Making War

I remember how dark our first bedroom was. It was windowless, ventless, and dreary with its dingy walls and dark carpet. It was a campus housing, but we were newlyweds. We didn’t care. Our bed and dresser barely fit into the room, and I had consistent bruises on my shins from running into the end of our bed in the middle of the night.

Within the first few months, I also had wounds on my heart that were being reopened in conflicts with my new husband.

So as I sat at the end of the bed at 2 AM that night, crying because I felt like I was failing at marriage, I felt the weight of darkness on my bony shoulders. I felt crowded and enclosed in that tiny room. I felt like it wasn’t working. Granted, 2 AM and dark rooms do not make for clear thoughts or calm hearts. But neither does the perpetuation of the idea that conflict is harmful and negative, which is the idea I had in my head.

I felt like because we had been bickering that somehow our marriage wasn’t working like it should be. I felt as though the pre-marriage wounds I had been trying to bandage and bury were ripping apart regardless of my efforts. I couldn’t glue us together. I couldn’t make peace.

Three years later, as I was reading about Joshua at my desk by the window, I thought about that night. There was a phrase that resonated in my heart: “Joshua made war a long time…” I’m sure Joshua felt at war for a long time. I’m sure he felt weary of conflict, of battle, of death, even of life. I’m sure he asked questions late at night in his tent like When will it be enough? Is all of this bloodshed necessary? Why do these tribes want to go to war with me? Am I doing something wrong?

I thought about all these questions… especially that last one before I moved on from that phrase to one equally disturbing: “For it was the Lord’s doing to harden their hearts that they should come against Israel in battle, in order that they should be devoted to destruction..” It was God’s doing that Joshua made war. He caused the battles. But I thought he was a God of peace. I thought he was supposed to set things right. What gives, God?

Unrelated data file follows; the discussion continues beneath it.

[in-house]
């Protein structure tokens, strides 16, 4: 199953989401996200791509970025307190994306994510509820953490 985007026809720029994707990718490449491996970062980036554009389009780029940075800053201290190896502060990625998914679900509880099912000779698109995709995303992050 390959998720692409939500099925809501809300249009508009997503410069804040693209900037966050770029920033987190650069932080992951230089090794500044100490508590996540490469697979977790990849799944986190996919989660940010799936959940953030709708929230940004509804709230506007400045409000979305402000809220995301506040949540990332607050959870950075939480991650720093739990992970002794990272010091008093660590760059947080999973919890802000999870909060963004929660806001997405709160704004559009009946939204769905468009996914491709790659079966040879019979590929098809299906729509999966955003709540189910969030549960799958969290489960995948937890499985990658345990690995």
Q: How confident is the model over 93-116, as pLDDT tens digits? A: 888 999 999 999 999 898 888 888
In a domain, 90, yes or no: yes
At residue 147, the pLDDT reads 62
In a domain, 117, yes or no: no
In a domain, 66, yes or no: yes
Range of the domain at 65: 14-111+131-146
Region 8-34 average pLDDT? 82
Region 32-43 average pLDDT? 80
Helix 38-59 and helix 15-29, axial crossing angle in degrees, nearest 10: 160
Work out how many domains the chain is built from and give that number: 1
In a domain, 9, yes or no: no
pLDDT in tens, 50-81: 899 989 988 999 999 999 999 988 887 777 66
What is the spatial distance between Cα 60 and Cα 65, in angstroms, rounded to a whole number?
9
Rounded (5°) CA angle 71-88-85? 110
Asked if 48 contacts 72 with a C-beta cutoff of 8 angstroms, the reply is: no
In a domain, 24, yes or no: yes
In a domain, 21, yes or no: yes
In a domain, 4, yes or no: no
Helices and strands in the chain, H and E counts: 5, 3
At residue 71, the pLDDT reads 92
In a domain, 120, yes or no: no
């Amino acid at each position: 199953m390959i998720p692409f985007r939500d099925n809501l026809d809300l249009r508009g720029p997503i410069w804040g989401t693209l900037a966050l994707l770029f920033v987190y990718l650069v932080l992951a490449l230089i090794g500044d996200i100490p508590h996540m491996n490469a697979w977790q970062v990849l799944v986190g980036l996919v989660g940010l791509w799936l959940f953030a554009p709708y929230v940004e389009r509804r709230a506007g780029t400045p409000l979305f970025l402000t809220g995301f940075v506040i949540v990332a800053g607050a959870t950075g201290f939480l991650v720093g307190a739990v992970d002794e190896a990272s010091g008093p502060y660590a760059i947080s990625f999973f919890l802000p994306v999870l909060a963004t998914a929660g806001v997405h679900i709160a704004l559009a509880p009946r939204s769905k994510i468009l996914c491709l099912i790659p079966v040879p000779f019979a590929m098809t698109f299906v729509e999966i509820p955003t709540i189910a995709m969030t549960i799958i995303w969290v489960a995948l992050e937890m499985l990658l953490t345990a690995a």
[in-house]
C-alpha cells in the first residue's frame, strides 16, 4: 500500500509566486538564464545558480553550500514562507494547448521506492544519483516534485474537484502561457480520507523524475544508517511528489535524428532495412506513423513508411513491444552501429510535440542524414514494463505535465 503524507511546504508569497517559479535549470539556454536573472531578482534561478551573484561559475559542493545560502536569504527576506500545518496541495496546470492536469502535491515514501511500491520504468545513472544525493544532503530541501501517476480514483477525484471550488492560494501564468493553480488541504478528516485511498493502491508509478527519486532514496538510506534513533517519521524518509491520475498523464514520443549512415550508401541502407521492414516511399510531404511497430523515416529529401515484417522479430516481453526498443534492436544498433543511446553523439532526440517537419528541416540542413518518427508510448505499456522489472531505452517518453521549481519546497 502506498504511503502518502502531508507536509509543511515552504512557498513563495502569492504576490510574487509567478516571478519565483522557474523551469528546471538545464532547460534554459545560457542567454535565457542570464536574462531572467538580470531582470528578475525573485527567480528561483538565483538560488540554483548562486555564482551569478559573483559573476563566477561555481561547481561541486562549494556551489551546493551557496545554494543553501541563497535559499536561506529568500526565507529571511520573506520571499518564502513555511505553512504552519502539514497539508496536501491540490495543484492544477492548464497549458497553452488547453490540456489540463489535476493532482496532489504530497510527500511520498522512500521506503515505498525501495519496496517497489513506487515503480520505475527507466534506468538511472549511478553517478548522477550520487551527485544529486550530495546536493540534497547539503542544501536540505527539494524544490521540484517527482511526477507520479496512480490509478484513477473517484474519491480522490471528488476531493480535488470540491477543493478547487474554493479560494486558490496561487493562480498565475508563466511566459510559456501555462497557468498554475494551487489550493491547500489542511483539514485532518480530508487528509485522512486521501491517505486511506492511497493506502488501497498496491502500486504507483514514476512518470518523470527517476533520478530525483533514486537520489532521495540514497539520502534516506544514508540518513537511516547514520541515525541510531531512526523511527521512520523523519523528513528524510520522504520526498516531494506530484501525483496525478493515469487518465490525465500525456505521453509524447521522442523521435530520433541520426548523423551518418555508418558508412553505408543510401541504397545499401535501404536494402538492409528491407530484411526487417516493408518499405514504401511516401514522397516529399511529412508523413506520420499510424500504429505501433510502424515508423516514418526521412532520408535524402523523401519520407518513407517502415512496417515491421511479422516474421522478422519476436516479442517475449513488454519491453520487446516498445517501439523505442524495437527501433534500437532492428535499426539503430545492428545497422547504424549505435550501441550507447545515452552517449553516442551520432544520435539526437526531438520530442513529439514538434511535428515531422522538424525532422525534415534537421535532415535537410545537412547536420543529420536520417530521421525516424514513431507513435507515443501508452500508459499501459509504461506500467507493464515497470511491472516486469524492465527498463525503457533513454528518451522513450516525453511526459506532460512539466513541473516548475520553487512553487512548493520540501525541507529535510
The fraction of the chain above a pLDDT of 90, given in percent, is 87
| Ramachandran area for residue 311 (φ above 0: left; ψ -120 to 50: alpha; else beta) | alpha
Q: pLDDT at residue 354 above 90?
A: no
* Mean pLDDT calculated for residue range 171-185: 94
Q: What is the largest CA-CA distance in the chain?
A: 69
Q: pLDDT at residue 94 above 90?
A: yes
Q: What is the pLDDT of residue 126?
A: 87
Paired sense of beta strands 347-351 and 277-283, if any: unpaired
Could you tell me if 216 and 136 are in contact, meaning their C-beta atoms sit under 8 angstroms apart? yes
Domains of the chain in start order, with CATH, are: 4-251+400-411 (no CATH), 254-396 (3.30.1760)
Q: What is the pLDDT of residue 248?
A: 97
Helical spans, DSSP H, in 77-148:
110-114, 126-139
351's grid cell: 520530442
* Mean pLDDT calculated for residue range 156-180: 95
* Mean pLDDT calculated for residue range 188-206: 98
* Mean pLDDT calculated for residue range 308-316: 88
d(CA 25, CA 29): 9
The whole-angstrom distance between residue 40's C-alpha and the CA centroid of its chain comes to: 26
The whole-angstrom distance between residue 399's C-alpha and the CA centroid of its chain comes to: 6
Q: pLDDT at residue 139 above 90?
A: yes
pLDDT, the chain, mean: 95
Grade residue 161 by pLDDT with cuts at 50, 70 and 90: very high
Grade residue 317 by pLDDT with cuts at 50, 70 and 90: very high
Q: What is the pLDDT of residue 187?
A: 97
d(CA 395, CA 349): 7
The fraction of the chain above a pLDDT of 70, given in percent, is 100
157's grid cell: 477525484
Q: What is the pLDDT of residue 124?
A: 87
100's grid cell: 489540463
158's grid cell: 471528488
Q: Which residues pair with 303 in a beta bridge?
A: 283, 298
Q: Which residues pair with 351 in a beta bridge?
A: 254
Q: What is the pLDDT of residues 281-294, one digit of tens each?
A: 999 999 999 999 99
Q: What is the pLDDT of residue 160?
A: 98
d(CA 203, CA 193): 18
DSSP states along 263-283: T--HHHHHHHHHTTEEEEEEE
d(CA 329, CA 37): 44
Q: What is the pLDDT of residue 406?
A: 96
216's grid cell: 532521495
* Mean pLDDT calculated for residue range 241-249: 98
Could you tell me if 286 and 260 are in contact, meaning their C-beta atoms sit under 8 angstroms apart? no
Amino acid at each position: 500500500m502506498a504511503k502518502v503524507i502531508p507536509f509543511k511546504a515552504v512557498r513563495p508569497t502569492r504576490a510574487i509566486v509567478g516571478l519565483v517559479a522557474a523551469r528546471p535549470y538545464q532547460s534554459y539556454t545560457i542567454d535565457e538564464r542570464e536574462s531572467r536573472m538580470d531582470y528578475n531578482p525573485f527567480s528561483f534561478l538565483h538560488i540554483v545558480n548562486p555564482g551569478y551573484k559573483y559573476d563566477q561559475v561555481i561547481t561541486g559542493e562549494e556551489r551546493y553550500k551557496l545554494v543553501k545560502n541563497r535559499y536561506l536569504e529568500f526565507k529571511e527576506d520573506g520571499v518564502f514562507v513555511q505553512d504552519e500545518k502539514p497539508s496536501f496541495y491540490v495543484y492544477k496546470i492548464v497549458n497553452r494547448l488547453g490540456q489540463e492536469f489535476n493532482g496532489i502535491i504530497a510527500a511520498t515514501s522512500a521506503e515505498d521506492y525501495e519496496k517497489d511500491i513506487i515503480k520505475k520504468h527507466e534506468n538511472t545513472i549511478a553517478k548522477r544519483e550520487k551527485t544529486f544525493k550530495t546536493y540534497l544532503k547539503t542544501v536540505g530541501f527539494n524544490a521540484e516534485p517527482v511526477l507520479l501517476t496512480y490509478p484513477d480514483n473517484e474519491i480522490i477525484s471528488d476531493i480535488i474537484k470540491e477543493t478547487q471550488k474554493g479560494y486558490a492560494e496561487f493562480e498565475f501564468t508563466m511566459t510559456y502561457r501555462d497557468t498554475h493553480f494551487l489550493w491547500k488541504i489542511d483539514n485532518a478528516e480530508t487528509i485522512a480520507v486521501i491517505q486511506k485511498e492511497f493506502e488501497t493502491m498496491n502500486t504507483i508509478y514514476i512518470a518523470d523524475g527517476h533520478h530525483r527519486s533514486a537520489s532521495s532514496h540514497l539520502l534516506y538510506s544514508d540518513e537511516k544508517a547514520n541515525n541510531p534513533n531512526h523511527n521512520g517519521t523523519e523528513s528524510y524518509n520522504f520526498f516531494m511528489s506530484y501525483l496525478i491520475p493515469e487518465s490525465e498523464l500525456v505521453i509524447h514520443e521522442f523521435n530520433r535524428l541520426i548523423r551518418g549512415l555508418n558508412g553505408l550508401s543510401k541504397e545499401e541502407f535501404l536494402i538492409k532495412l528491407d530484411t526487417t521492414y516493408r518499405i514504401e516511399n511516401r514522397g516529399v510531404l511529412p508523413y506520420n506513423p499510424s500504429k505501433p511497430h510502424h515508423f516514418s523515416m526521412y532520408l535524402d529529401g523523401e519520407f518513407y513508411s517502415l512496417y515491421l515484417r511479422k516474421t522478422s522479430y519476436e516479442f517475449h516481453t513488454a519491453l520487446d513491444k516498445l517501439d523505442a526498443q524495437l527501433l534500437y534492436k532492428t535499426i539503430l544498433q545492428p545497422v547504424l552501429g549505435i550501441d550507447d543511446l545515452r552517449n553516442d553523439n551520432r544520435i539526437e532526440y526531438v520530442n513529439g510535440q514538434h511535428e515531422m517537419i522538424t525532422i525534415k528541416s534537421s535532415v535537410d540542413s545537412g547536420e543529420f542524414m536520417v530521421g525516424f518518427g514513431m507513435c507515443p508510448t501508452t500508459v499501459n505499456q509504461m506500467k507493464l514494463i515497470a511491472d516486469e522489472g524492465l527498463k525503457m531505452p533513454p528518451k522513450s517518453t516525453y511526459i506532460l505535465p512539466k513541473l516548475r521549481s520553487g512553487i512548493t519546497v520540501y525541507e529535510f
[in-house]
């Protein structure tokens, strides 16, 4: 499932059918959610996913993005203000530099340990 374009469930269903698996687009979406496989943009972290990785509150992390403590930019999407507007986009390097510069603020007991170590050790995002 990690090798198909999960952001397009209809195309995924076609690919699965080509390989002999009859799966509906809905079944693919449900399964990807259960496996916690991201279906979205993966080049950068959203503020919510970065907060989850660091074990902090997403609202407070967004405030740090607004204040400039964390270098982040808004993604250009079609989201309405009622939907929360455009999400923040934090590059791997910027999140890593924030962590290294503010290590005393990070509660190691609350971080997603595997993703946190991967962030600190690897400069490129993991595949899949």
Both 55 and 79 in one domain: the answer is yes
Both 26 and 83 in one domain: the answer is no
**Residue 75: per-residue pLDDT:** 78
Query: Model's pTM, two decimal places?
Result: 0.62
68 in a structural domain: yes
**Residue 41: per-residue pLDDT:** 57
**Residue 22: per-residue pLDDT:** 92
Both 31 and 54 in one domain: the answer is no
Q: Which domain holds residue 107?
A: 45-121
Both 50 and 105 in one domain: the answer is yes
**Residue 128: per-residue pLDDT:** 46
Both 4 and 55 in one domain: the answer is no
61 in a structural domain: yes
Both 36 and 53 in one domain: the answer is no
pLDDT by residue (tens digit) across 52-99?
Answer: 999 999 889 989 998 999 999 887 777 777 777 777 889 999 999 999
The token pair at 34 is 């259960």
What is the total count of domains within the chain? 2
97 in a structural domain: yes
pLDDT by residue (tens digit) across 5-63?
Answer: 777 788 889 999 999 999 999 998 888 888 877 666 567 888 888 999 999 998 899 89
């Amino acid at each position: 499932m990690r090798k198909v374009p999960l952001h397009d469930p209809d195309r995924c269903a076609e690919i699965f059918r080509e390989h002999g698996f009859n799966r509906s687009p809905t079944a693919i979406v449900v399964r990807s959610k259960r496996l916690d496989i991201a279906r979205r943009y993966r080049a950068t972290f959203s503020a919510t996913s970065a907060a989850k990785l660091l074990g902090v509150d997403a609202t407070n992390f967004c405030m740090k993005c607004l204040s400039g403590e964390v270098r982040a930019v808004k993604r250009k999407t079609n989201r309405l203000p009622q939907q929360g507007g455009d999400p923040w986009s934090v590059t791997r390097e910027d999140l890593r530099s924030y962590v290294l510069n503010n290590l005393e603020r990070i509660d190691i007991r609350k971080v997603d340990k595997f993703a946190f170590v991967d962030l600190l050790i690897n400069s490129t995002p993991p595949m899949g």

But perhaps he caused the battles so that the enemies could be defeated. So that the adversaries could be overcome. So that the foes could be cast out of Israel’s life. He knew that they would come against Israel sooner or later, seeking to conquer and corrupt. So God said sooner. So the antagonists in Israel’s life could be brought down and destroyed. I had my own questions. Did Joshua see this meaning to his battles? How did he press on? Did he want to surrender after a few battles feeling war-weary and broken?

I stared out my window, thinking of desert battles and lonely nights. I’ve learned a lot about JD, myself, and marriage since our first few months of marriage, but reading about God approving of Joshua making war for a long time illuminated that tiny, dark room 3 years ago.

Perhaps the wounds needed to be ripped apart. Perhaps our old wounds–ones that we received before our marriage–needed to be examined. Perhaps the conflict wasn’t because we weren’t working (whatever that means), but because we were two different people trying to love each other, to help each other live well.

Our first year of marriage was hard for many reasons, but one of them was that it was our first year of marriage. We were figuring out what marriage really means, how to live with another person, why we felt like our world was invaded when we loved the other person so much. I read Gary Thomas’s book, Sacred Marriage, that year and he posed a question that has stuck with me through the many settings of our lives: “What if God intended marriage not to make us happy, but to make us holy?” His whole premise is that the seasons we go through in marriage, the rubbing up against each other is meant to make us holy, to make us clean, to make us whole.

Even conflict. Even arguments. Even loneliness and togetherness.

The fact that we said, “‘Til death do us part” has provided a lot of comfort because it means we don’t have to struggle and strive to always make peace, especially false peace. It means we work through things that hurt and make us mad and make us feel human to our core.

Conflict is not inherently bad–sometimes it’s the result of two different people trying to work together, and sometimes it’s meant for enemies (wounds, lies, unhealthy cycles) to be defeated, overcome, and cast out. That takes a long time, a lifetime. But life is not all war.

Here’s how Joshua 11 ends: “The land had rest from war.”

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